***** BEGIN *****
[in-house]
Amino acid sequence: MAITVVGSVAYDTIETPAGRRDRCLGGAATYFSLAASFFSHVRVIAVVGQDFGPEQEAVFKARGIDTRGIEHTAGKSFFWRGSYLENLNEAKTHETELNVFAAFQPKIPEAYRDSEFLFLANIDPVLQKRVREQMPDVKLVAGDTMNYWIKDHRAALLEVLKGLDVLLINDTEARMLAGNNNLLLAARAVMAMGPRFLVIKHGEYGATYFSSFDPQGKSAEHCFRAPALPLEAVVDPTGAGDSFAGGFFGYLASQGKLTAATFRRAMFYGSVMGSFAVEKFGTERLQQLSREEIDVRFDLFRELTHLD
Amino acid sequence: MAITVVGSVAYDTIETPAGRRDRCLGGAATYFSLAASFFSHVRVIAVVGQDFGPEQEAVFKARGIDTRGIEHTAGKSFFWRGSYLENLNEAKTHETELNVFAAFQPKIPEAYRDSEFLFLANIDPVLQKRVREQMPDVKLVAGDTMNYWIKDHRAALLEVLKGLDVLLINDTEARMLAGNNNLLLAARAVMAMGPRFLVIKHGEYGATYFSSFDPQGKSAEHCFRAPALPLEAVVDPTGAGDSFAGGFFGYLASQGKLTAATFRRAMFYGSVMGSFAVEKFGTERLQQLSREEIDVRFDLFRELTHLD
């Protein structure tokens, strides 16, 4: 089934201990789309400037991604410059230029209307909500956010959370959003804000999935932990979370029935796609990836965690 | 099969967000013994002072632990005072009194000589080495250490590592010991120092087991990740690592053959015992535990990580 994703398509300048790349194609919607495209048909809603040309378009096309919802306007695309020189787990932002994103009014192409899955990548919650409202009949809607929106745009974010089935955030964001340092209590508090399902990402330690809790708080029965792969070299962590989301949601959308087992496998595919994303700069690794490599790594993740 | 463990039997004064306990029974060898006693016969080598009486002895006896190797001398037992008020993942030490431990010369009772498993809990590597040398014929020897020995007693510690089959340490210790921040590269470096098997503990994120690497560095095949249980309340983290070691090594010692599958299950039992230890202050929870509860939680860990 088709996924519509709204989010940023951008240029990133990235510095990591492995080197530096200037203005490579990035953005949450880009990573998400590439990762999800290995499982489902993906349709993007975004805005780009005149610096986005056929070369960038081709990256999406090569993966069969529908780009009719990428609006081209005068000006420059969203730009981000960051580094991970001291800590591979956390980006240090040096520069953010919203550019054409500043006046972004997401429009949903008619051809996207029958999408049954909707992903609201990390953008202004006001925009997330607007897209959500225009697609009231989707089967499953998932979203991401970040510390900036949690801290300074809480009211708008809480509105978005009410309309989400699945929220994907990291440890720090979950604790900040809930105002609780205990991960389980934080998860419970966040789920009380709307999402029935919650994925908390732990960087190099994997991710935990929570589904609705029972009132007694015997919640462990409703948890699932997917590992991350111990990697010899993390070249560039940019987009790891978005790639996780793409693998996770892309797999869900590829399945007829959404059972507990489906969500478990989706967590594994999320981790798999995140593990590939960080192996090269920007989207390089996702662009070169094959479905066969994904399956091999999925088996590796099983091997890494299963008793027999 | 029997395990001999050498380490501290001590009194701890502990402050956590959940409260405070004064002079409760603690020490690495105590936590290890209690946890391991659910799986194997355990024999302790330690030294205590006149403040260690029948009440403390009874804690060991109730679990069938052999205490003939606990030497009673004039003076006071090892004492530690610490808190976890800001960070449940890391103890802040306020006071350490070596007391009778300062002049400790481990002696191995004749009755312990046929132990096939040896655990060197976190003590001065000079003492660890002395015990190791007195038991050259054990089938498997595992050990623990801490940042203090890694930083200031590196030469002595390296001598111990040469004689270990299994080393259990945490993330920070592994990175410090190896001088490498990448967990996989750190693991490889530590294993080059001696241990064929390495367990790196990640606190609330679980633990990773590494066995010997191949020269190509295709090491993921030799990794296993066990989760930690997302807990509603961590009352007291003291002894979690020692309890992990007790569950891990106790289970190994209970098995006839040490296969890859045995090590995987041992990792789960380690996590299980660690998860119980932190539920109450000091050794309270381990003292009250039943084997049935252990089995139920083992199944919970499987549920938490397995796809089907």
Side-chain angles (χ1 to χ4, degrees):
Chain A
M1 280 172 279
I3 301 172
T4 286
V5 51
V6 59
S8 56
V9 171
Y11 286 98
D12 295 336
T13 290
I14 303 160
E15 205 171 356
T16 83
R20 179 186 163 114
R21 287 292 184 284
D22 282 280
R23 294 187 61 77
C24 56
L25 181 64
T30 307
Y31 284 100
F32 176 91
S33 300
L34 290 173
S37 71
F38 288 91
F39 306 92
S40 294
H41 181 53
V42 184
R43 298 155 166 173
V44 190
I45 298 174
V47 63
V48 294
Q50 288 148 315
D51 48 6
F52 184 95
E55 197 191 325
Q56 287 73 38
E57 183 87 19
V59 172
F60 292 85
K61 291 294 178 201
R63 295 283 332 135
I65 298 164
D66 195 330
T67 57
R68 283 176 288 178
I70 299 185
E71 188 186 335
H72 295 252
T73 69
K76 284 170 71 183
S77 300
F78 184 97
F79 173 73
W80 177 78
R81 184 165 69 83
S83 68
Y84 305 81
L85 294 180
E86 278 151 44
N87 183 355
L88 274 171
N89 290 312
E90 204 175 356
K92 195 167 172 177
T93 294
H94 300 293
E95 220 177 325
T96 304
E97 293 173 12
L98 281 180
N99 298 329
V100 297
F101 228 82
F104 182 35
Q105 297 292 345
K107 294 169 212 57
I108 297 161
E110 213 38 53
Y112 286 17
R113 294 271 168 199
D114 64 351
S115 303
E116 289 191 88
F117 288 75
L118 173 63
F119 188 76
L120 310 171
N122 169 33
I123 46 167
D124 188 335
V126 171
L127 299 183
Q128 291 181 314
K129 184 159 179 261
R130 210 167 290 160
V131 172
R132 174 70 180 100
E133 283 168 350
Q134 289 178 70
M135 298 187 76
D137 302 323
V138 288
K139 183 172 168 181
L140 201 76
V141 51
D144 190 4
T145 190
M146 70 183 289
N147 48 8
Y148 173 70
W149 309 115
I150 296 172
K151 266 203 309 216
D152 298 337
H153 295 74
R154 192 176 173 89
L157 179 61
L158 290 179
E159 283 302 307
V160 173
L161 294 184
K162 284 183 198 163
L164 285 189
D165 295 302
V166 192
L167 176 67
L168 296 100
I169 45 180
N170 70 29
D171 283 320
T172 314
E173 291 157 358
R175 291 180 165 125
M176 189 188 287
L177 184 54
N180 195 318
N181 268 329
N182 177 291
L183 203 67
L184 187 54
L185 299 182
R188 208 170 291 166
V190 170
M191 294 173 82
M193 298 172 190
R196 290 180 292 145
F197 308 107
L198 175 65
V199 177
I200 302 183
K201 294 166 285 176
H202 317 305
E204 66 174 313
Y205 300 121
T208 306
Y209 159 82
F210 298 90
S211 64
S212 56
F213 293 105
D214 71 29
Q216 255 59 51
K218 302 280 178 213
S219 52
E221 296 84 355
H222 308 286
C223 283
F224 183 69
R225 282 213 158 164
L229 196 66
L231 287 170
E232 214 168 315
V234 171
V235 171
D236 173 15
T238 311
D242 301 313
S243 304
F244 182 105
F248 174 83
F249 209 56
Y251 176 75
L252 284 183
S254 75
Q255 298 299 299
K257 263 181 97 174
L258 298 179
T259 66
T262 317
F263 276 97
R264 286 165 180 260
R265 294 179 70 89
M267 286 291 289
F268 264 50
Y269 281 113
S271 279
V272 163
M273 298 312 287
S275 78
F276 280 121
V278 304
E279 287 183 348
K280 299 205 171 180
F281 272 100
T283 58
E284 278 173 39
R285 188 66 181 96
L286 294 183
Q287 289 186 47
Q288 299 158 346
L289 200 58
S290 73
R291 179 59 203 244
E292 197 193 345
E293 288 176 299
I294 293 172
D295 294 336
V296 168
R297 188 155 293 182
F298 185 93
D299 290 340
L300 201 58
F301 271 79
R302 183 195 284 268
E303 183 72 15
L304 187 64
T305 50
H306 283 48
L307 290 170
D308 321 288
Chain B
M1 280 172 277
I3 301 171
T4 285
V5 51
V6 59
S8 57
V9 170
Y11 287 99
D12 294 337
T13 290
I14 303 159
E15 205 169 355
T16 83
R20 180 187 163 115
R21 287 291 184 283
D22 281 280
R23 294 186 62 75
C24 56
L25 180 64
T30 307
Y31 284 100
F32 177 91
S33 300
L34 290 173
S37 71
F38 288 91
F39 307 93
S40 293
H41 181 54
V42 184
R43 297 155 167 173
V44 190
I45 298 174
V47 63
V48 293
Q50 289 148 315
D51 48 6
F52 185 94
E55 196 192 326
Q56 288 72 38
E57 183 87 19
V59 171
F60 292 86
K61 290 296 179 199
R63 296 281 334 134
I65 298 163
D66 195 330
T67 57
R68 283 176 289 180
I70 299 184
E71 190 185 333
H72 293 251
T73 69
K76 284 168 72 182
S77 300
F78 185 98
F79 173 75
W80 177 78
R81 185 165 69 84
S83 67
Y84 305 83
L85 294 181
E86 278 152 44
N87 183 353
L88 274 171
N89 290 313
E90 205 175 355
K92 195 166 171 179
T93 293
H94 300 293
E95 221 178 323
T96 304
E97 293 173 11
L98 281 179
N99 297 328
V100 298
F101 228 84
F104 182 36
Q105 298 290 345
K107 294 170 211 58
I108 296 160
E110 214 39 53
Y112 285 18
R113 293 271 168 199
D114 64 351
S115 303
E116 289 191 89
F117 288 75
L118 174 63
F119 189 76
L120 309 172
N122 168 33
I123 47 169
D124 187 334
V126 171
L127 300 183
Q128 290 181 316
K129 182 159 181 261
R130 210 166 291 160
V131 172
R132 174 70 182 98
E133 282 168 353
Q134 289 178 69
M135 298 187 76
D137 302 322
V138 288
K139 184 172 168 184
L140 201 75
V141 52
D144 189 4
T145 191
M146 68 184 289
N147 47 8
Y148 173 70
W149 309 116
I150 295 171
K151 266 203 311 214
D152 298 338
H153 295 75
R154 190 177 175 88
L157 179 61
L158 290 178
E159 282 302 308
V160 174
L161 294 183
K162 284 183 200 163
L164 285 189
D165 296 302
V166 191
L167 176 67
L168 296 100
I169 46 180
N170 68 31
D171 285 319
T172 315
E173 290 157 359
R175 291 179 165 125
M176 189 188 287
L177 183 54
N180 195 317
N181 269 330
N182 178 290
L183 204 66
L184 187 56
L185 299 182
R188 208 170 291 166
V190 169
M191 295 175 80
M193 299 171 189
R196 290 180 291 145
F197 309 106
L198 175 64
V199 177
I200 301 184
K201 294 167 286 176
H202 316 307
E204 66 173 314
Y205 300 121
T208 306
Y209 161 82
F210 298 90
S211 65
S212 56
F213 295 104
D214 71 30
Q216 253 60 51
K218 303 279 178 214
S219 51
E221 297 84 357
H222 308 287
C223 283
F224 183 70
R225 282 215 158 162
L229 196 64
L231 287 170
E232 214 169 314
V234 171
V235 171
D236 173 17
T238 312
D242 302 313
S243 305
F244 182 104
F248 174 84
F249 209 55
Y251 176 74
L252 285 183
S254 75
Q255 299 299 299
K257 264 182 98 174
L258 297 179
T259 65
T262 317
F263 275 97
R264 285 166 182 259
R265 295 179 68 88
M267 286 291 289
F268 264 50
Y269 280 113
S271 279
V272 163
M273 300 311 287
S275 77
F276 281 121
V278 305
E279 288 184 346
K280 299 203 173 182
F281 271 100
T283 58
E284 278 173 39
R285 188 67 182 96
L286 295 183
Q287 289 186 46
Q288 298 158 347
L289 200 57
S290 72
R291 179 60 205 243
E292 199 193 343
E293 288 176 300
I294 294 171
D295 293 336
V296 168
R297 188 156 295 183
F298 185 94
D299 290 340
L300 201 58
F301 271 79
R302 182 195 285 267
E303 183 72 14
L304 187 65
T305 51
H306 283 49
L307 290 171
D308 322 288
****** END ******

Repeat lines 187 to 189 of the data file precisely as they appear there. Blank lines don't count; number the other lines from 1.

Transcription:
D242 301 313
S243 304
F244 182 105